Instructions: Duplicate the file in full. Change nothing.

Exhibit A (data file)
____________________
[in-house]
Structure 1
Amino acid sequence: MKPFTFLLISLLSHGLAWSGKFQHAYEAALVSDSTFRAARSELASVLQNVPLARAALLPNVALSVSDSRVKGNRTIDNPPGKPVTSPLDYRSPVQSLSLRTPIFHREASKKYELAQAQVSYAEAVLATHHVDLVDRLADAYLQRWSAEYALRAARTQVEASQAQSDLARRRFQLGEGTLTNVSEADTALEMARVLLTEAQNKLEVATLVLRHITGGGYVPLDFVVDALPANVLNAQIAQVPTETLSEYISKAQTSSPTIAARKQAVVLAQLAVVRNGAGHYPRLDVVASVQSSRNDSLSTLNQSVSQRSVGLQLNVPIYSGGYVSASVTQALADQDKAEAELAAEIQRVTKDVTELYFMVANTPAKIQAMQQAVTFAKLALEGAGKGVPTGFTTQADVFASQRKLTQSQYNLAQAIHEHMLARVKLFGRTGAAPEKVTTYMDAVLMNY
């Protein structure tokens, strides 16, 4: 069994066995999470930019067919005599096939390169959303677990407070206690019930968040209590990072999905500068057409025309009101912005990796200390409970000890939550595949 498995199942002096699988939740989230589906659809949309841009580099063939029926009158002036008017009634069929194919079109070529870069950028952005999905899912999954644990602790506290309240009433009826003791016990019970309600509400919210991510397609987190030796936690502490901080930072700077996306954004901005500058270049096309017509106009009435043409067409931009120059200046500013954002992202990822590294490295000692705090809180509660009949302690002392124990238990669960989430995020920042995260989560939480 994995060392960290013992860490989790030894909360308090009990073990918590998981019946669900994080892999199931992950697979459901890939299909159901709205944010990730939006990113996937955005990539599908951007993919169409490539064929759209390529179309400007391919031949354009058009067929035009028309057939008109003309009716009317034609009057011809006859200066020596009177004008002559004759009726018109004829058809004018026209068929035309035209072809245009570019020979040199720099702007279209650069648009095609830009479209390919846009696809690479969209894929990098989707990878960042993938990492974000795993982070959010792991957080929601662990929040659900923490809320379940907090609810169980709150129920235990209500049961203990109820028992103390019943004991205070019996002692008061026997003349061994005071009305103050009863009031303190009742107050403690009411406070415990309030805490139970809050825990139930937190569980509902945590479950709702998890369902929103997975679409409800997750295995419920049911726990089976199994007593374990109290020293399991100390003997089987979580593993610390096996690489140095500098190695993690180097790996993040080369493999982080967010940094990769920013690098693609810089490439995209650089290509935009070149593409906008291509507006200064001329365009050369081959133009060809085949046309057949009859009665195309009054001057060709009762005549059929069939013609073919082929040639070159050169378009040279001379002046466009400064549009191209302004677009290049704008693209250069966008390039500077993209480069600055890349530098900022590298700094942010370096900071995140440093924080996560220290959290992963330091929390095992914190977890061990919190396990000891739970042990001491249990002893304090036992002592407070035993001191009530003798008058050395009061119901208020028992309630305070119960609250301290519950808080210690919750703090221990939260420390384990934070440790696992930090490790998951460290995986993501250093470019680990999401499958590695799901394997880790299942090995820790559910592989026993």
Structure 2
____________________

[in-house]
Structure 1
Amino acid sequence: MKPFTFLLISLLSHGLAWSGKFQHAYEAALVSDSTFRAARSELASVLQNVPLARAALLPNVALSVSDSRVKGNRTIDNPPGKPVTSPLDYRSPVQSLSLRTPIFHREASKKYELAQAQVSYAEAVLATHHVDLVDRLADAYLQRWSAEYALRAARTQVEASQAQSDLARRRFQLGEGTLTNVSEADTALEMARVLLTEAQNKLEVATLVLRHITGGGYVPLDFVVDALPANVLNAQIAQVPTETLSEYISKAQTSSPTIAARKQAVVLAQLAVVRNGAGHYPRLDVVASVQSSRNDSLSTLNQSVSQRSVGLQLNVPIYSGGYVSASVTQALADQDKAEAELAAEIQRVTKDVTELYFMVANTPAKIQAMQQAVTFAKLALEGAGKGVPTGFTTQADVFASQRKLTQSQYNLAQAIHEHMLARVKLFGRTGAAPEKVTTYMDAVLMNY
């Protein structure tokens, strides 16, 4: 069994066995999470930019067919005599096939390169959303677990407070206690019930968040209590990072999905500068057409025309009101912005990796200390409970000890939550595949 498995199942002096699988939740989230589906659809949309841009580099063939029926009158002036008017009634069929194919079109070529870069950028952005999905899912999954644990602790506290309240009433009826003791016990019970309600509400919210991510397609987190030796936690502490901080930072700077996306954004901005500058270049096309017509106009009435043409067409931009120059200046500013954002992202990822590294490295000692705090809180509660009949302690002392124990238990669960989430995020920042995260989560939480 994995060392960290013992860490989790030894909360308090009990073990918590998981019946669900994080892999199931992950697979459901890939299909159901709205944010990730939006990113996937955005990539599908951007993919169409490539064929759209390529179309400007391919031949354009058009067929035009028309057939008109003309009716009317034609009057011809006859200066020596009177004008002559004759009726018109004829058809004018026209068929035309035209072809245009570019020979040199720099702007279209650069648009095609830009479209390919846009696809690479969209894929990098989707990878960042993938990492974000795993982070959010792991957080929601662990929040659900923490809320379940907090609810169980709150129920235990209500049961203990109820028992103390019943004991205070019996002692008061026997003349061994005071009305103050009863009031303190009742107050403690009411406070415990309030805490139970809050825990139930937190569980509902945590479950709702998890369902929103997975679409409800997750295995419920049911726990089976199994007593374990109290020293399991100390003997089987979580593993610390096996690489140095500098190695993690180097790996993040080369493999982080967010940094990769920013690098693609810089490439995209650089290509935009070149593409906008291509507006200064001329365009050369081959133009060809085949046309057949009859009665195309009054001057060709009762005549059929069939013609073919082929040639070159050169378009040279001379002046466009400064549009191209302004677009290049704008693209250069966008390039500077993209480069600055890349530098900022590298700094942010370096900071995140440093924080996560220290959290992963330091929390095992914190977890061990919190396990000891739970042990001491249990002893304090036992002592407070035993001191009530003798008058050395009061119901208020028992309630305070119960609250301290519950808080210690919750703090221990939260420390384990934070440790696992930090490790998951460290995986993501250093470019680990999401499958590695799901394997880790299942090995820790559910592989026993």
Structure 2